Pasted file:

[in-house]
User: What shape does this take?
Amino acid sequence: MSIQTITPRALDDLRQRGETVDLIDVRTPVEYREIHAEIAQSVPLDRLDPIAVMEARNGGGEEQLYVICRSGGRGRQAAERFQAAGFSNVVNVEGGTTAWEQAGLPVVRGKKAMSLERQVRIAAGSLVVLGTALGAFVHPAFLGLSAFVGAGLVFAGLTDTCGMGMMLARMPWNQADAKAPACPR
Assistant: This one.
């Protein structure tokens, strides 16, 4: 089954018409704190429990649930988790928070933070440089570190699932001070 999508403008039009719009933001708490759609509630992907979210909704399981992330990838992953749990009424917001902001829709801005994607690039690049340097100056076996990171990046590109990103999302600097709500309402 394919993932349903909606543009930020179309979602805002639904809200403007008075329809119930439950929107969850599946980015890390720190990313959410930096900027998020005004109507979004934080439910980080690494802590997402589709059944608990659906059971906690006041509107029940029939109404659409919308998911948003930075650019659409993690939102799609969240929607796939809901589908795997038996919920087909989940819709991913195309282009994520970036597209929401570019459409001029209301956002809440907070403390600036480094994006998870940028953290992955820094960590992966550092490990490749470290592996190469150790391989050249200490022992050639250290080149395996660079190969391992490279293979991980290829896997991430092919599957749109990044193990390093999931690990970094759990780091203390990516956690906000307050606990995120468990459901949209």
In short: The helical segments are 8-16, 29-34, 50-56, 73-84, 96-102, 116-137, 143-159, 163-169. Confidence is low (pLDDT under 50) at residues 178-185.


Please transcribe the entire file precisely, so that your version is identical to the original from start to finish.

[in-house]
User: What shape does this take?
Amino acid sequence: MSIQTITPRALDDLRQRGETVDLIDVRTPVEYREIHAEIAQSVPLDRLDPIAVMEARNGGGEEQLYVICRSGGRGRQAAERFQAAGFSNVVNVEGGTTAWEQAGLPVVRGKKAMSLERQVRIAAGSLVVLGTALGAFVHPAFLGLSAFVGAGLVFAGLTDTCGMGMMLARMPWNQADAKAPACPR
Assistant: This one.
């Protein structure tokens, strides 16, 4: 089954018409704190429990649930988790928070933070440089570190699932001070 999508403008039009719009933001708490759609509630992907979210909704399981992330990838992953749990009424917001902001829709801005994607690039690049340097100056076996990171990046590109990103999302600097709500309402 394919993932349903909606543009930020179309979602805002639904809200403007008075329809119930439950929107969850599946980015890390720190990313959410930096900027998020005004109507979004934080439910980080690494802590997402589709059944608990659906059971906690006041509107029940029939109404659409919308998911948003930075650019659409993690939102799609969240929607796939809901589908795997038996919920087909989940819709991913195309282009994520970036597209929401570019459409001029209301956002809440907070403390600036480094994006998870940028953290992955820094960590992966550092490990490749470290592996190469150790391989050249200490022992050639250290080149395996660079190969391992490279293979991980290829896997991430092919599957749109990044193990390093999931690990970094759990780091203390990516956690906000307050606990995120468990459901949209």
In short: The helical segments are 8-16, 29-34, 50-56, 73-84, 96-102, 116-137, 143-159, 163-169. Confidence is low (pLDDT under 50) at residues 178-185.